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The IUP Journal of Systems Management

February' 07
Focus Areas
  • System Development Methodologies and Automation
  • Database Design and Administration
  • Data Mining and Data Warehousing
  • Internet Technologies, Tools & Techniques
  • Enterprise-wide System Architectures
  • Artificial Intelligence Approaches
  • Behavioral and HR aspects of Information Systems
  • Information System Controls, Security and Privacy
Correlation of Inheritance-based Object-Oriented Metrics and Low-Level Metrics
Software Architecture Decision Support Framework using AHP
Medical Research and Development Treaty: A New R&D Framework
Dynamics of ICT Sector: Scenario of the World, Saarc and India
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Correlation of Inheritance-based Object-Oriented Metrics and Low-Level Metrics

-- Ashish Mangalampalli and Ajeet K Jain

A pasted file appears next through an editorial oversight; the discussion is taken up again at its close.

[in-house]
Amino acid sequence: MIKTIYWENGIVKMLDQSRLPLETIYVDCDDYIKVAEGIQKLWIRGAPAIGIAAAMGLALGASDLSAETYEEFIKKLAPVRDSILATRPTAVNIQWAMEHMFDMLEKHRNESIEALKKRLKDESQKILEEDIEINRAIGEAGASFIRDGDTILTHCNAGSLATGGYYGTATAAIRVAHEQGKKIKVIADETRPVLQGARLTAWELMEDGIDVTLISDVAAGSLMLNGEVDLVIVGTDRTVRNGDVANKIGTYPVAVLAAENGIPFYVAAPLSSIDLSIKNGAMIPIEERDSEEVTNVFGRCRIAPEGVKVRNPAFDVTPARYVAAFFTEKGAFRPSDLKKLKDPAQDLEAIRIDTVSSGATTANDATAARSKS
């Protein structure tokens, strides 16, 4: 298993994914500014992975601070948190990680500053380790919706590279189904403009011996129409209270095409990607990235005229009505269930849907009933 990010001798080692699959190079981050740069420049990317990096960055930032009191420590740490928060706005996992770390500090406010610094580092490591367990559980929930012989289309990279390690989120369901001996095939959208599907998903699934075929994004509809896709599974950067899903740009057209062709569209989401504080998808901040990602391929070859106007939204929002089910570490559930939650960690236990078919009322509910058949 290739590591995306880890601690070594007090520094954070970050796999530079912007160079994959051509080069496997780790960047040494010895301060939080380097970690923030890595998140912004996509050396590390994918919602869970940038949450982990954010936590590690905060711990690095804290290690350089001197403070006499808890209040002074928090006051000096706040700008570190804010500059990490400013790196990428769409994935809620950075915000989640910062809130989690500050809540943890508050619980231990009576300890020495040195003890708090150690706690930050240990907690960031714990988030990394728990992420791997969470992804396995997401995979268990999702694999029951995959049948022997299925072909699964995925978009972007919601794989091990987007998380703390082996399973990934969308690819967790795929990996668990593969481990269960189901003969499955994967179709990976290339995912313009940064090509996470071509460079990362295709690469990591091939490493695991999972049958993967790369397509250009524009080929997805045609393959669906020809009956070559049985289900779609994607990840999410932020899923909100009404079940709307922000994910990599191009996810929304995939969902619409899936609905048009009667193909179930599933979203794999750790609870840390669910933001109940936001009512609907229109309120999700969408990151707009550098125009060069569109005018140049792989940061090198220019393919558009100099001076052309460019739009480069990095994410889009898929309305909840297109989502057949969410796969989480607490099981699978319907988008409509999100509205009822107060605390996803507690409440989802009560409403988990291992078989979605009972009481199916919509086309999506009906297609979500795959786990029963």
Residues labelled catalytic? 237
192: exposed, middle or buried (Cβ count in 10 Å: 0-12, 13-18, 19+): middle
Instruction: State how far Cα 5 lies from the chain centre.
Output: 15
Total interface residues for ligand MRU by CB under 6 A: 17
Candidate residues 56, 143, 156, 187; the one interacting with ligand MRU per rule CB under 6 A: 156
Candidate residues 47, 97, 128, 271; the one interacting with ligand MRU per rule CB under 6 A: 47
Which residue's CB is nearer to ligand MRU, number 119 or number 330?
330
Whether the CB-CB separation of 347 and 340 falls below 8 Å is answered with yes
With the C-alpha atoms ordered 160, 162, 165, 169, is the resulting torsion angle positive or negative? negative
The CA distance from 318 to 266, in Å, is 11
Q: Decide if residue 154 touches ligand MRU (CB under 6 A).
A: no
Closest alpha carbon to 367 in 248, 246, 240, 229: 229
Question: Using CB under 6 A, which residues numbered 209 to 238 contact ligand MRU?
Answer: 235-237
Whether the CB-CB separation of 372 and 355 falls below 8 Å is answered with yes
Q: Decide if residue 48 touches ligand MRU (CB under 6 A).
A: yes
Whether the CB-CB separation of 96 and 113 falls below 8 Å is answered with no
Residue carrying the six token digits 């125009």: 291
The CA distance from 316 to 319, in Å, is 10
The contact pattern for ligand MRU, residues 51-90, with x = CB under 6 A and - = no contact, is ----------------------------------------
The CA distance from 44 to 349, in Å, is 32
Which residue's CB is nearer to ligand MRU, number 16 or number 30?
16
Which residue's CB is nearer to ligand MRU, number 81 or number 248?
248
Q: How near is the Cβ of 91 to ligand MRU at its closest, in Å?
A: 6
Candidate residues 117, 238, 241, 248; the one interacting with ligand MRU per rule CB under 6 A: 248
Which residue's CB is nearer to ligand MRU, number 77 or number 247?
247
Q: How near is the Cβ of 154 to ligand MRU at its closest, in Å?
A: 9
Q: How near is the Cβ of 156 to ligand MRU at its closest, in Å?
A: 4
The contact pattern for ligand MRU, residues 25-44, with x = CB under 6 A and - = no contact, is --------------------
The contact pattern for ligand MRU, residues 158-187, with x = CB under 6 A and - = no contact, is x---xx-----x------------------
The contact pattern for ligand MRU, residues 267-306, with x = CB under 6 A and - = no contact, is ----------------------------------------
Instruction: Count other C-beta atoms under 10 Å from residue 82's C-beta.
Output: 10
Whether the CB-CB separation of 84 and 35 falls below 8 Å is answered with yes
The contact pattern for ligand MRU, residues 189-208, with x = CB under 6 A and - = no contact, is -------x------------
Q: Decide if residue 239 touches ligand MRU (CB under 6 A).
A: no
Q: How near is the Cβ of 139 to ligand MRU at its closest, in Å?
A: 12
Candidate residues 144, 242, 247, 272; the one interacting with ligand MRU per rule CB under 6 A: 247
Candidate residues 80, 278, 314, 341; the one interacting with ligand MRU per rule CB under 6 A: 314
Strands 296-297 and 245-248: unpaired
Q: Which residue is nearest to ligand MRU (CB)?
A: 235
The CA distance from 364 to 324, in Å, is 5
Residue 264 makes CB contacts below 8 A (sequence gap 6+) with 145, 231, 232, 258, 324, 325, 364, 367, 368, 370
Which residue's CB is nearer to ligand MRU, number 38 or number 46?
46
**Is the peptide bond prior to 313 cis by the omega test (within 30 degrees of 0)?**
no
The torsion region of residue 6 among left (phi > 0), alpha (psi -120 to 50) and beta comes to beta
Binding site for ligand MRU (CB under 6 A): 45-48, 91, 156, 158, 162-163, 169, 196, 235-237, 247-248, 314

Various inheritance-based Object-Oriented (OO) metrics (high-level) have been extensively used to measure the performance and viability of programs written in OO languages like C++ and Java. They have helped in analyzing programs from a high level perspective. Although Low-Level (LL) metrics (like processor execution time and memory used) have also been used in analyzing both, the OO and non-OO programs, a correlation between OO (high-level) and LL metrics has not been made in detail. Hence, this paper explains how changes made in Object-Oriented Programs (OOPs) according to inheritance-based OO metrics affect an analysis of the same programs that use LL metrics in C++. Such a correlation can be utilized in designing programs effectively so that inheritance is used in a manner in which the least possible OS and hardware-related resources, like processor and memory, are used. Moreover, these correlations will also help a quality engineer choose the correct set of inheritance-based OO metrics for the quality analysis of an OO system, considering the ramifications of LL metrics on inheritance-based OO metrics.

Article Price : Rs.50

Software Architecture Decision Support Framework using AHP

--G Zayaraz and P Thambidurai